Understanding the origins of religious hatred
Early in my career, I worked on early modern British history, with a special focus on religious conflict and violence. As I look back on that work, I see ever more parallels to the manifestations of religious hatred and bigotry that so trouble the contemporary world. However distant these events, they really do have much to tell us today.
In the seventeenth century, Britain was officially an Anglican, Protestant nation, which strictly penalized Catholic practice. Even so, large dissident minorities of recusants — that is, Catholic resisters or rejecters — survived in certain regions, mainly to the country’s north and west. In normal times, these recusants were largely left alone, but occasionally they were subjected to ferocious outbreaks of violence and persecution. The worst of these crises happened between 1678 and 1682, when many Catholic clergy and lay leaders were imprisoned, and dozens executed in response to an outbreak of paranoid hysteria that we call the “Popish Plot.” By far the greatest savagery occurred in one area on the borderlands between England and Wales, in the counties of Monmouth and Hereford.
Five priests from this area died on the scaffold, and several more in prison. Three were hunted to death, “being martyred by the misery and sufferings of their hiding-places on mountaintops, and in the woods, and dens, and caves of the earth.” Many lay people also suffered. Some local magnates became full-time priest-hunters, who dedicated themselves to rooting out Catholic manifestations of all kinds. And they were successful. Only in this area was a thriving Jesuit mission wholly eliminated.
But why was the bigotry here — in contemporary terms, the “Anti-Popery” — so extreme and homicidal? The surprising answer became clear when I looked at the origins of the worst fanatics. In virtually every case, the Protestant extremists were themselves from Catholic backgrounds, and in years gone by, they had actually assisted and sheltered priests. Commonly, these men derived from families split between Protestants and Catholics, which had produced Catholic clergy. Mixed Protestant-Catholic marriages were very common in this region.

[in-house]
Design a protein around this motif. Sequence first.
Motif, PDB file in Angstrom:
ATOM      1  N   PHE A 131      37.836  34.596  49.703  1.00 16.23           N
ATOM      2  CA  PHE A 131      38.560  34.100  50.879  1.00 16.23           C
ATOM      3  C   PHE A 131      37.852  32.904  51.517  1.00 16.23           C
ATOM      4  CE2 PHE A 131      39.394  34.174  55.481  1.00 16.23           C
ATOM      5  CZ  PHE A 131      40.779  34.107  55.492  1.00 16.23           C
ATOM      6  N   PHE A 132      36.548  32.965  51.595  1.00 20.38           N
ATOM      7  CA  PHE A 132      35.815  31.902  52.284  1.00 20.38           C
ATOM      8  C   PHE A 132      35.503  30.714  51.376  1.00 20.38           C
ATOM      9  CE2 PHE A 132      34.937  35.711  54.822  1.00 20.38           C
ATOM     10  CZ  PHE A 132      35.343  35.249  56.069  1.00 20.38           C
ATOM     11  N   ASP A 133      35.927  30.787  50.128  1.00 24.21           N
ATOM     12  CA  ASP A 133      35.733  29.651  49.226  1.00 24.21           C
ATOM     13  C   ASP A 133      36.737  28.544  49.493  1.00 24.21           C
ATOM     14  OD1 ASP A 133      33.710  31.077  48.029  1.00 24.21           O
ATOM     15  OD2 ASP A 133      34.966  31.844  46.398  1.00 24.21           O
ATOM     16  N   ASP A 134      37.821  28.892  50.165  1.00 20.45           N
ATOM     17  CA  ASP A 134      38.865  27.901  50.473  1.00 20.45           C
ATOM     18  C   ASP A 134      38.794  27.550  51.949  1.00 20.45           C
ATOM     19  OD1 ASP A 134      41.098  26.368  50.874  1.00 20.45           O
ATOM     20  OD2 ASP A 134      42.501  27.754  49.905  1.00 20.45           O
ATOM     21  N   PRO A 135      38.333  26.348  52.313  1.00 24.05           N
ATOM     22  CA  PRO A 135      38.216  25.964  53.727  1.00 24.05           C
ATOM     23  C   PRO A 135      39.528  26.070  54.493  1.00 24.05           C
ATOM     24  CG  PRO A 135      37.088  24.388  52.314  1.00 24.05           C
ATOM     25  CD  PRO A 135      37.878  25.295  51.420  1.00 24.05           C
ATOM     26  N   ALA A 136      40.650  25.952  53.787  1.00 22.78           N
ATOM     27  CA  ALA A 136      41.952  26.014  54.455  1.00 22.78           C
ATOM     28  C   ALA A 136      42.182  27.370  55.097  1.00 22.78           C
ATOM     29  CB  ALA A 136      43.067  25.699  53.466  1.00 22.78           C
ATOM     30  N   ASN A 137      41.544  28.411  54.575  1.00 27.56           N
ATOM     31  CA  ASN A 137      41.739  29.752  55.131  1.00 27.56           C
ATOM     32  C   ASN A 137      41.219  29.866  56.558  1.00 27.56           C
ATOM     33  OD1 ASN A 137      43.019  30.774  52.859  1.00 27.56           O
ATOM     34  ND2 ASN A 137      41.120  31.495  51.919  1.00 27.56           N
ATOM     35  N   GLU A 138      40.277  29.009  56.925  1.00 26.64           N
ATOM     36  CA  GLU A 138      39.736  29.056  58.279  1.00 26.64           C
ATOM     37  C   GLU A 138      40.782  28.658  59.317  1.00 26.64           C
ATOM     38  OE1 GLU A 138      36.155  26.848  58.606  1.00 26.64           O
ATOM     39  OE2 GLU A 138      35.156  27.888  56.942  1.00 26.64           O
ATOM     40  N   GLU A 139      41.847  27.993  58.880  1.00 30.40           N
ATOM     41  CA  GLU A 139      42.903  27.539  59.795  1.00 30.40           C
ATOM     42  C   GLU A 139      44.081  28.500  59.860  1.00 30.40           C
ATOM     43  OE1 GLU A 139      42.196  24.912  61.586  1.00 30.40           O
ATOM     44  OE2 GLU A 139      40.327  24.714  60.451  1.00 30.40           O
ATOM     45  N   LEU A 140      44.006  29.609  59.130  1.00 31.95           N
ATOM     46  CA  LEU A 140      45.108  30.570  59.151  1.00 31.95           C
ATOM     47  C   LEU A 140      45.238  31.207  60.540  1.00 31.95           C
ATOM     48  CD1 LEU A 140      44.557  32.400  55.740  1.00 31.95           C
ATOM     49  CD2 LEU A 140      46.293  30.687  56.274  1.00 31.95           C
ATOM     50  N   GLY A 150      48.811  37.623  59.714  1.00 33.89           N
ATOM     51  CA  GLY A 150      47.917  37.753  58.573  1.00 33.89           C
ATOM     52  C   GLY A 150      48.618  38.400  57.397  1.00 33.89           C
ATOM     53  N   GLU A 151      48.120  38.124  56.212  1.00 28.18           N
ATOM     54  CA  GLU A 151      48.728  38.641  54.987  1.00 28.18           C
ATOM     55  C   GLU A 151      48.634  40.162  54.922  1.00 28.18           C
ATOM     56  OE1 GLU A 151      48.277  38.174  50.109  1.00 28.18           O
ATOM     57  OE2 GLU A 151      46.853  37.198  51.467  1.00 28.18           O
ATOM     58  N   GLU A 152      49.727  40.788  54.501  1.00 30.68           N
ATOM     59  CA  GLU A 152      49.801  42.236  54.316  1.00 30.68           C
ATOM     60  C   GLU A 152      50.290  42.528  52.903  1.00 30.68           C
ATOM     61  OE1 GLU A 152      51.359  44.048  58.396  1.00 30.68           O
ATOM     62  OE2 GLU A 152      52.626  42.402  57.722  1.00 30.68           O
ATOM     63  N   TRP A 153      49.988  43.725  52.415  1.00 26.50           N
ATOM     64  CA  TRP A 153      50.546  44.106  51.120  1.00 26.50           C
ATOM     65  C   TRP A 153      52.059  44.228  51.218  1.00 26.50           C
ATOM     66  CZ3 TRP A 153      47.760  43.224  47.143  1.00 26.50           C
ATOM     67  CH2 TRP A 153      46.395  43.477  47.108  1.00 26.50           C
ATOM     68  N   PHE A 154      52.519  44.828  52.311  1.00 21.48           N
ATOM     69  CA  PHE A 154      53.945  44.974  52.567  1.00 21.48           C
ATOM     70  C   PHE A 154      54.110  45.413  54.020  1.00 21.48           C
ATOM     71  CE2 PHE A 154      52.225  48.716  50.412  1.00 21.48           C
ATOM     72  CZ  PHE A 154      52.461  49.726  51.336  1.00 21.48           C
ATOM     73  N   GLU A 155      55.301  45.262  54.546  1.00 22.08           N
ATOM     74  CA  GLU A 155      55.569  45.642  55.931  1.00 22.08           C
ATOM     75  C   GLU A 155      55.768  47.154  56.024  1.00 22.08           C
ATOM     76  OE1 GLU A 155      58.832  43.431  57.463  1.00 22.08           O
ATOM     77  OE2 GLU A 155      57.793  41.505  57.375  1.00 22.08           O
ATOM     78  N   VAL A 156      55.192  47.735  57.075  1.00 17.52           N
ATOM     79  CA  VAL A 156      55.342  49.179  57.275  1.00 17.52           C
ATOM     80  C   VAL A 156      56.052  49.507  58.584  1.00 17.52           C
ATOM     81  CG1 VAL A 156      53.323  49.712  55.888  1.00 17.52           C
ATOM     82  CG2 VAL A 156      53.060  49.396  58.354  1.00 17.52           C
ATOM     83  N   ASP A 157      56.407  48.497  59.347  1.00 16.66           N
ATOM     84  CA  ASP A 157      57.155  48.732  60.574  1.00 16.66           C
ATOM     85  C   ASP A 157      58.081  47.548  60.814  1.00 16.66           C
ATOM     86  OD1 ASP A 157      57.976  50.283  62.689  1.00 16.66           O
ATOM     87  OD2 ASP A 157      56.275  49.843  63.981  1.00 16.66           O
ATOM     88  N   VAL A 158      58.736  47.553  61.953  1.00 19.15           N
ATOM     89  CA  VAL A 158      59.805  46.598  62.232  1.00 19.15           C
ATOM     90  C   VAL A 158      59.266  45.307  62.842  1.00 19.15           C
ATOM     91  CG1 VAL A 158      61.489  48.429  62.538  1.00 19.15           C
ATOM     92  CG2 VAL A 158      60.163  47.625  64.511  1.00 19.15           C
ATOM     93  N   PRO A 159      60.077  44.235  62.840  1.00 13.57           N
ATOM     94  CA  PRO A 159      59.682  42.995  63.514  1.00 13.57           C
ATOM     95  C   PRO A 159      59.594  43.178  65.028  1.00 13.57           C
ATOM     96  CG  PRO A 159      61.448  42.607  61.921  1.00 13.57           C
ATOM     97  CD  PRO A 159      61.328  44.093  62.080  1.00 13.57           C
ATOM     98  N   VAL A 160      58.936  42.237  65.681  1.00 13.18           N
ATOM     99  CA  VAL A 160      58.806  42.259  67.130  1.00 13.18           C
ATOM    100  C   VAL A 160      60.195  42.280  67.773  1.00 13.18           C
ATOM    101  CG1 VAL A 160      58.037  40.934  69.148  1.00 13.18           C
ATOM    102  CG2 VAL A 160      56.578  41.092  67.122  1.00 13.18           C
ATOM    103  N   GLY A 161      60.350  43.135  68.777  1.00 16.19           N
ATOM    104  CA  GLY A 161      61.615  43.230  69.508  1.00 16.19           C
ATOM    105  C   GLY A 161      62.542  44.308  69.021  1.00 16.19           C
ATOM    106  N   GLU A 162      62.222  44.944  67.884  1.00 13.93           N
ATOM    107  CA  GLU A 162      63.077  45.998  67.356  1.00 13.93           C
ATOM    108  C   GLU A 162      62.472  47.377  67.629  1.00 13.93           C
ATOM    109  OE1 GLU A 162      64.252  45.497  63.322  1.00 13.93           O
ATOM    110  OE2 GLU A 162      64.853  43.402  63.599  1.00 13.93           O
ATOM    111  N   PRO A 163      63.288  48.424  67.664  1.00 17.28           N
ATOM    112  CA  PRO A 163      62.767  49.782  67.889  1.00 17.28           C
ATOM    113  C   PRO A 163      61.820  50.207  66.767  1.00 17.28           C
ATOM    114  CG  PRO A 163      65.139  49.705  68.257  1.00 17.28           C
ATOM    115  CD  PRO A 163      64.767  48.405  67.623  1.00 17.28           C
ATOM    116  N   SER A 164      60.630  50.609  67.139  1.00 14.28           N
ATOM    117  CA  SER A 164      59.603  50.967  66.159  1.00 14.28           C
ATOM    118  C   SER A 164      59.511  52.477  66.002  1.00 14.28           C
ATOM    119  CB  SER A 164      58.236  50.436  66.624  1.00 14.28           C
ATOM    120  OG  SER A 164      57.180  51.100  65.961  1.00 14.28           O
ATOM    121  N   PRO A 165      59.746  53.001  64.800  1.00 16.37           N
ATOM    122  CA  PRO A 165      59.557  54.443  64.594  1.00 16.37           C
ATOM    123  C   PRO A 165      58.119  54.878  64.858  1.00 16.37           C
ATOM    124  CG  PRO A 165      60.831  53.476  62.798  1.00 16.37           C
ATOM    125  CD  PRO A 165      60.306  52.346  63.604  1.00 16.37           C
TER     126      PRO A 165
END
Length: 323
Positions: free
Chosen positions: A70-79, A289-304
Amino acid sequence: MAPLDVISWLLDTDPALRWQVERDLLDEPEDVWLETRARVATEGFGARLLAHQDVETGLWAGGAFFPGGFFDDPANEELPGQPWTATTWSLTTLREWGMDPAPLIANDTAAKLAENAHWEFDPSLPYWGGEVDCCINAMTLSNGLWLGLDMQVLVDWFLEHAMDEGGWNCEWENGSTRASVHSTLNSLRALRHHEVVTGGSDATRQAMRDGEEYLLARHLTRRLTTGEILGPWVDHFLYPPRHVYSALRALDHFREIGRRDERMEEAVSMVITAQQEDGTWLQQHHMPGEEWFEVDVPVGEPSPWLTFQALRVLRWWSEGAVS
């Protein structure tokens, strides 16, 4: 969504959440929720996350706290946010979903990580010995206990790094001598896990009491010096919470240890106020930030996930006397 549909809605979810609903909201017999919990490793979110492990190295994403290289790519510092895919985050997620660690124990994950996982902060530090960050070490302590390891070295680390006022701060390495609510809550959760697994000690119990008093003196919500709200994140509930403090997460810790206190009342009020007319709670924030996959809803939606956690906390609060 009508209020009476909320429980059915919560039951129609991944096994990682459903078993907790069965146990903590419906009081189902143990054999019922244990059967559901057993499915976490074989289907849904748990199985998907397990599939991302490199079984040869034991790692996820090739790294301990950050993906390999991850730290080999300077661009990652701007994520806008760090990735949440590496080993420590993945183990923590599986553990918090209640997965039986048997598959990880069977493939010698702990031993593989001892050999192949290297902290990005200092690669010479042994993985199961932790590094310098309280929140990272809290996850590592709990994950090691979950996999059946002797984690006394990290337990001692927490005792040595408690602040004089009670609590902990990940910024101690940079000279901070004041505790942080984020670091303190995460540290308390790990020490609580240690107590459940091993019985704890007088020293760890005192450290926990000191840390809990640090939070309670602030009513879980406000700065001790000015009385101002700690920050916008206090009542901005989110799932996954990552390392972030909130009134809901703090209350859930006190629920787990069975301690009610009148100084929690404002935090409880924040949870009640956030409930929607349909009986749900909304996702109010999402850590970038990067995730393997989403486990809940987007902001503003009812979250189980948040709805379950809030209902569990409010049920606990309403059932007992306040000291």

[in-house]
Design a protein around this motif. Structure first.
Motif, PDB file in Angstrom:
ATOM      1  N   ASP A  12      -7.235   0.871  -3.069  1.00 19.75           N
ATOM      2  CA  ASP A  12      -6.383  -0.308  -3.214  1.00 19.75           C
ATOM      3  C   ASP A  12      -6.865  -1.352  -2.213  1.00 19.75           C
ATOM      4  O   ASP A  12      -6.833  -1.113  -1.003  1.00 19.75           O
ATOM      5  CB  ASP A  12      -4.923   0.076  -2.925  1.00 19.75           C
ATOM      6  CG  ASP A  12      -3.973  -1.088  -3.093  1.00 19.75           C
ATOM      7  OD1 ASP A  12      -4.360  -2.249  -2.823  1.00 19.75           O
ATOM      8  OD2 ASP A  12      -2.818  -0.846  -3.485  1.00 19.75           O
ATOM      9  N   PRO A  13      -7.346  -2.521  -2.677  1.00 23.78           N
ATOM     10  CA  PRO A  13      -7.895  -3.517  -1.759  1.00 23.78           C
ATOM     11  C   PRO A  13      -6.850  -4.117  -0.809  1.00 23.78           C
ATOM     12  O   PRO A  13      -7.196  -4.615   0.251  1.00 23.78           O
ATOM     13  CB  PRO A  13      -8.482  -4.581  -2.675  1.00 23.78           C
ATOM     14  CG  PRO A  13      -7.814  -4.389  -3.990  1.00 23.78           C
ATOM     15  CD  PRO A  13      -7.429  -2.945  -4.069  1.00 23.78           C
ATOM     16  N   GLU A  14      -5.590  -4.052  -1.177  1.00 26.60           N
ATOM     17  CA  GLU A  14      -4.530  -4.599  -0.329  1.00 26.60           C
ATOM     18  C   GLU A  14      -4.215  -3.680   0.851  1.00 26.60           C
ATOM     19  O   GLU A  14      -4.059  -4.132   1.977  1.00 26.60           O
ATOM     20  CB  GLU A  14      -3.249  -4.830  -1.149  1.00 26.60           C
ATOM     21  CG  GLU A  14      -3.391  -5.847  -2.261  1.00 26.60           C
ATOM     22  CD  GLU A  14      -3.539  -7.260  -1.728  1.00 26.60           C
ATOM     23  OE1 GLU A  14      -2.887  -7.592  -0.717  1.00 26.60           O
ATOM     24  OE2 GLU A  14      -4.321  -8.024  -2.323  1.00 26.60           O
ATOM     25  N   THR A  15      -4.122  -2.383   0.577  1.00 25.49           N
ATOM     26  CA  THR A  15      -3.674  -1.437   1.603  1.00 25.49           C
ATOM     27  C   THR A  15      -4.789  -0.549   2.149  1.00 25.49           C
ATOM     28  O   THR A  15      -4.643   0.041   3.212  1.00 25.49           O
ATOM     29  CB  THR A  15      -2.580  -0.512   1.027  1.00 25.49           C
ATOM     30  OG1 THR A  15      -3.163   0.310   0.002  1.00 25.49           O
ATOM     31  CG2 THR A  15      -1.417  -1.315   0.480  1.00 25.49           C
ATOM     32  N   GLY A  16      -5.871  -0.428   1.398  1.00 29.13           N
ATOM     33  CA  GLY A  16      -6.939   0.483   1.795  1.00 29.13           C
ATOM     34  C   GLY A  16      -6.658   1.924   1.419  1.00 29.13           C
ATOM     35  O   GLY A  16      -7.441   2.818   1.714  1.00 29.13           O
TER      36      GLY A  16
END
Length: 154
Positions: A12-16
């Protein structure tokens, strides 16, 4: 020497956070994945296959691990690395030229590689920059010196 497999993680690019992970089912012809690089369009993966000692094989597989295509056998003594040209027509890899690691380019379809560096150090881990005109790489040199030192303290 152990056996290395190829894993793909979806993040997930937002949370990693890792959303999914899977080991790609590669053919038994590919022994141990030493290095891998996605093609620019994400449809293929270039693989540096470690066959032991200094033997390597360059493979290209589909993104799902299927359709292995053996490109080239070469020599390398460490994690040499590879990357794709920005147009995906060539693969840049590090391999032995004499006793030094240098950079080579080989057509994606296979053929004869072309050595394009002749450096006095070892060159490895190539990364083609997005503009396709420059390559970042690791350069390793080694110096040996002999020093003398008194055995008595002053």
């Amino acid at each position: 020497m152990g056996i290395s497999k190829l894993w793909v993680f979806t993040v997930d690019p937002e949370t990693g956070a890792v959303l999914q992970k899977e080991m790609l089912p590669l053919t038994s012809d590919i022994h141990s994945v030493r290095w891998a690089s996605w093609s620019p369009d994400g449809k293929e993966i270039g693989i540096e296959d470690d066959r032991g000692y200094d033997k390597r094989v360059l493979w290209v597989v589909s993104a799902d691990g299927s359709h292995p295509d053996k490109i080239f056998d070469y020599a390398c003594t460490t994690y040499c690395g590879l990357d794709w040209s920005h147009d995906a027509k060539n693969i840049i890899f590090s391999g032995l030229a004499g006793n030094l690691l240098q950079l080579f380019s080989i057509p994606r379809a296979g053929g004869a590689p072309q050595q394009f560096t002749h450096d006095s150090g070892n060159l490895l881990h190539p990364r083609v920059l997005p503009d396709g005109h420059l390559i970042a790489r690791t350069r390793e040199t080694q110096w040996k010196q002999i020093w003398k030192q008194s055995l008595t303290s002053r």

The priests that they were seeking out were not just neighbors, but usually, they were close relatives. The extremists were recent defectors from the old faith, doubly zealous perhaps to justify the new spiritual world-view they had adopted, and to extirpate its enemies.
One classic example of this pattern was a squire named Charles Price, a fanatic who led an armed assault on the local Jesuit headquarters, and who hunted to death one of the priests. Even after the man was dead, Charles Price insisted on exhuming the body to confirm his “kill.” The priest who was the object of such pathological hatred was one Walter Price, his own cousin. Moreover, other priests had very recently remarked what a good friend and supporter Charles Price had always been. Suddenly, though, he turned violently against that faith, and used the political crisis to destroy his old friends.
Another man who became an anti-Catholic activist and informer was one Edward Turberville, who came from a family that had had dozens of members jailed for Catholic loyalties between 1580 and 1620. His own brother was a Benedictine abbot, and in the whole seventeenth century, he was one of only a handful of non-Catholic Turbervilles. Like Price, he was a recent convert from the Catholic faith that he now sought to destroy.
In this area at least, the “Popish Plot” crisis looks rather like a family feud, if not a civil war within the old Catholic community.